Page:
Hooper, Saunders and McHugh (2010) provided an empirical demonstration of this phenomenon. In the study, participants were induced to derive three equivalence relations between textual stimuli, which can be represented using the alphanumerics A1-B1-C1, A2-B2-C2, A3-B3-C3. This was done for each of the three relations by training participants directly that the A and B stimuli were the same and that the B and C stimuli were the same and then testing for the derivation of sameness between A and C. The actual stimuli used were a mixture of natural language words and nonsense words. For example, the first stimulus class (A1-B1-C1) included the three words ‘Bear’ (A1), ‘Boceem’ (B1) and ‘Gedeer’ (C1). Hence, in this case, based on the trained sameness relations Bear–Boceem and Boceem–Gedeer, a combinatorially entailed relation of sameness between ‘Bear’ and ‘Gedeer’ can be derived and indeed participants were shown to derive this as well as the two combinatorially entailed relations predicted for the other two stimulus sets (i.e., A2-C2 and A3-C3) in a subsequent non-reinforced testing phase.
Upon successfully completing the equivalence training and testing phase, participants were required to complete a suppression procedure involving two tasks. First they had to suppress all thoughts of the word ‘bear’, which was the A1 stimulus in the first equivalence relation discussed above i.e. the word ‘bear’ was given a suppression function. Second, participants had to watch a computer screen on which different words would appear for 10-second time intervals. Amongst the words being shown was the target word (‘bear’), the word directly trained to it (i.e., B1 – ‘boceem’) and the word that participants had derived as being the same as the target (i.e., C1 – ‘gedeer’), as well as the words from the other two equivalence classes and random control words. Participants were told that they were in control of the program, so that if they wanted to remove any word from the screen then they could do so by pressing the space bar. It was expected that participants would remove the word ‘bear’ from the screen given that they had been asked to suppress this word. Of more interest was whether they might remove any other words and in particular whether they would remove either the directly trained or derived words. If this were the case then it would suggest that the suppression functions attached to the word ‘bear’ had transferred to these words.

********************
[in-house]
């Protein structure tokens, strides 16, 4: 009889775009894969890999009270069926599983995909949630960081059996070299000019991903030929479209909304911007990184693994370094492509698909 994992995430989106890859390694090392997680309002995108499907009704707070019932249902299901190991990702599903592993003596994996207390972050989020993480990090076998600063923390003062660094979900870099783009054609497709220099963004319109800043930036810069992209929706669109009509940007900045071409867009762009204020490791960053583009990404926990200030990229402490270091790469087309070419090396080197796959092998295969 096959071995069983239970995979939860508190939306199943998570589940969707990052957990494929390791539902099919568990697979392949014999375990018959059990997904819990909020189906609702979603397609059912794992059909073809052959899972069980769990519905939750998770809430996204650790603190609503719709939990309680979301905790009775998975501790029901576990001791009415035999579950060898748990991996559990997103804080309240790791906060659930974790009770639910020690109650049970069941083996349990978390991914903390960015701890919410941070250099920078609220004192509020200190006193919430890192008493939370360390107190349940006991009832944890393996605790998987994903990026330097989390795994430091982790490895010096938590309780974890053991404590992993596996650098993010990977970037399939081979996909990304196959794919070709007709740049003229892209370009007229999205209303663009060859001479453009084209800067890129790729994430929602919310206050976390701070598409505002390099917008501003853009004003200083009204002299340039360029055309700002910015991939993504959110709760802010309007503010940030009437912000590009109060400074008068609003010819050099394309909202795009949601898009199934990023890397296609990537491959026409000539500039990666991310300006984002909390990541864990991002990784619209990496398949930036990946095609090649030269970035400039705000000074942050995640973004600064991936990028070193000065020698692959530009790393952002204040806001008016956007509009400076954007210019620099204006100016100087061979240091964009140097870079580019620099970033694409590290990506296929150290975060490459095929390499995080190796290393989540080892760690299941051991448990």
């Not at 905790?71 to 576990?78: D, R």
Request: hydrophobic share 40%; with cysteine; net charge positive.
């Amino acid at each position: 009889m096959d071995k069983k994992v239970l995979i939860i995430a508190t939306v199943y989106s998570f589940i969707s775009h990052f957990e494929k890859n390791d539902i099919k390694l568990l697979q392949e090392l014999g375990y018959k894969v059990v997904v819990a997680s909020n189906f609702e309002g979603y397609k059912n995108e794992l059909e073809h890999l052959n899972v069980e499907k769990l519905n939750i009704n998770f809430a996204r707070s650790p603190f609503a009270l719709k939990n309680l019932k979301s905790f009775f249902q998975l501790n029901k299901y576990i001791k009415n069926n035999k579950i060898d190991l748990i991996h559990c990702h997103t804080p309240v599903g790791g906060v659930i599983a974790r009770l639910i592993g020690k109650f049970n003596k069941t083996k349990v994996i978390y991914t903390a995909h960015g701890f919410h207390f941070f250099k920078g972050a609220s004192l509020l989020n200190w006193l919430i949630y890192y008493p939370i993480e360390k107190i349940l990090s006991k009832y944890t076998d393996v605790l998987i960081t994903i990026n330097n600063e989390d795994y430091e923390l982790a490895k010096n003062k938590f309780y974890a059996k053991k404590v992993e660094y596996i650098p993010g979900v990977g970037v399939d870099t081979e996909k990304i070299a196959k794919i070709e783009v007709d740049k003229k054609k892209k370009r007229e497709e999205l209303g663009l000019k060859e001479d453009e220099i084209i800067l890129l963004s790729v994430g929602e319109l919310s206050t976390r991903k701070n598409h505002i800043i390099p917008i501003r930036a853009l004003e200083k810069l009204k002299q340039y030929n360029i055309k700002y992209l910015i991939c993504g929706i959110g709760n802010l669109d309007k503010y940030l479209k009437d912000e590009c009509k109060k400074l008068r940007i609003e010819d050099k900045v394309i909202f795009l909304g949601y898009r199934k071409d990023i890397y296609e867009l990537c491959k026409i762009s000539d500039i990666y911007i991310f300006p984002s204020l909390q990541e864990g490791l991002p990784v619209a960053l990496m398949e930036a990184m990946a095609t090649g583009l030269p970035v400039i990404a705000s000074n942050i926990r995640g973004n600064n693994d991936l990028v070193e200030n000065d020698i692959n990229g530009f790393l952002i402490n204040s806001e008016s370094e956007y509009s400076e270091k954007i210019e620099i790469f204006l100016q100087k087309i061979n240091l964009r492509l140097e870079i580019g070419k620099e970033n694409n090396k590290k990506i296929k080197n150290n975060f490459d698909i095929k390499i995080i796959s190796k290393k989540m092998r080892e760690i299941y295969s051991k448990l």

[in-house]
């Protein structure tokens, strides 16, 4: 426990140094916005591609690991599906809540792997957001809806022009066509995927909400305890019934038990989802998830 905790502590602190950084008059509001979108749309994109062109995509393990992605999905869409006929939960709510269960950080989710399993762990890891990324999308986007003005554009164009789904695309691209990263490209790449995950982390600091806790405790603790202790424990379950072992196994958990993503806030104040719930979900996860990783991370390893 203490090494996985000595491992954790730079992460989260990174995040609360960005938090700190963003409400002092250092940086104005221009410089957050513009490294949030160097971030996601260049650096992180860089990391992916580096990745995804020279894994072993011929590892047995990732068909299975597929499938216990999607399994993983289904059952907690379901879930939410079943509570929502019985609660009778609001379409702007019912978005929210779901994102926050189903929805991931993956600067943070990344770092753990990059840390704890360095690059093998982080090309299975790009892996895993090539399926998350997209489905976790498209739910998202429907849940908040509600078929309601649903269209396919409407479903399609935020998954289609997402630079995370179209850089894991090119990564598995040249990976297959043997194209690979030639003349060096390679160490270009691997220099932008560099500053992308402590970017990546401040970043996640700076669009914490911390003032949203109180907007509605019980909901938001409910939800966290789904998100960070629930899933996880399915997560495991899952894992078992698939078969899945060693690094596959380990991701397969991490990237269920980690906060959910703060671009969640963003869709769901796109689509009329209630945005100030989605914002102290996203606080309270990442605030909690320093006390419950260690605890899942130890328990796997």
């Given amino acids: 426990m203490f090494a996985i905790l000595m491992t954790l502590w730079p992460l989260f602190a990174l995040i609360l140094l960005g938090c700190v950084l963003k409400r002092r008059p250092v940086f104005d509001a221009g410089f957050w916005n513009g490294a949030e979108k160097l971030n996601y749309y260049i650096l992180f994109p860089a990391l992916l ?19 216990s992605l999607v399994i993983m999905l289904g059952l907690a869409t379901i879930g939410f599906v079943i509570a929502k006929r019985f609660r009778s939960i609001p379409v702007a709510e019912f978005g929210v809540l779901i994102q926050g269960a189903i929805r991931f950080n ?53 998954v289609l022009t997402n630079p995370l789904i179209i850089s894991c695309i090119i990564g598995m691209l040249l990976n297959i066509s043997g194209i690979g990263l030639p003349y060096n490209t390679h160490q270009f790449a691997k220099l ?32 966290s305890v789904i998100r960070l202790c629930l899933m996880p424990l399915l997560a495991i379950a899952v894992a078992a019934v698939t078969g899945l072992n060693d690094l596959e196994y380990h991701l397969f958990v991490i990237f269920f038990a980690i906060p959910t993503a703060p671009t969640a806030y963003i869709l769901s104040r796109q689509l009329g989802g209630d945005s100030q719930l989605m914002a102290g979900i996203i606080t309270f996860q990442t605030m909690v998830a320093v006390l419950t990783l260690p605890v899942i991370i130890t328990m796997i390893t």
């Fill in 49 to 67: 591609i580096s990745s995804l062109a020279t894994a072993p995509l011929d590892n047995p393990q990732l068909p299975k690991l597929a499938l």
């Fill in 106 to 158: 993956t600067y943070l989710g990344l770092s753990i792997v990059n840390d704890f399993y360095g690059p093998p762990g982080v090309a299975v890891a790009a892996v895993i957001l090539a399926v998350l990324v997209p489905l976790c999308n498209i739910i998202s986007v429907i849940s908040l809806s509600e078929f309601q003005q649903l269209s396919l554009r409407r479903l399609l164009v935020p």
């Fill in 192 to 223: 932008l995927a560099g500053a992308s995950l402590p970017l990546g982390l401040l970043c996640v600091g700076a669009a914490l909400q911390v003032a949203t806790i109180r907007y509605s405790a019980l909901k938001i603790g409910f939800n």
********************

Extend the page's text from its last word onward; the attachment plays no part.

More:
The results showed that this was the case; participants tended to remove not just the word ‘bear’ but also the words ‘boceem’ and ‘gedeer’ from the screen to a significantly greater extent than other words. The finding that ‘boceem’ was removed echoed the theory of Wegner and colleagues who had argued that stimuli (e.g., distractors) directly related to a target may subsequently interfere with attempted suppression. However, the finding that participants also removed the derived word ‘gedeer’ was of particular note since this demonstrated that thought suppression is difficult not just based on interference by directly related stimuli but also because it can be affected by indirect or derived relations.
This effect has since been replicated (Galera-Barbero et al., 2012) and extended to the relational frame of opposition (Stewart, et al., 2015). It has also been used to show that people will avoid acting in previously chosen ways in an attempt to avoid target, trained and derived stimuli (Hooper, Stewart, Duffy, Freegard, & McHugh, 2012). Put together, the studies tell an interesting story: the generative nature of language makes thought suppression attempts even more difficult than Wegner first imagined, and people will often change their overt behavior in the service of avoidance. At this point, there is a chance that you might be asking yourself the question ‘why are these studies important?’ This brings us right back to the beginning of this blog when we referred to psychopathology. These studies are important because they hold valuable information for therapeutic intervention – in particular, that such interventions should attempt to undermine avoidance as a way to manage unwanted thoughts.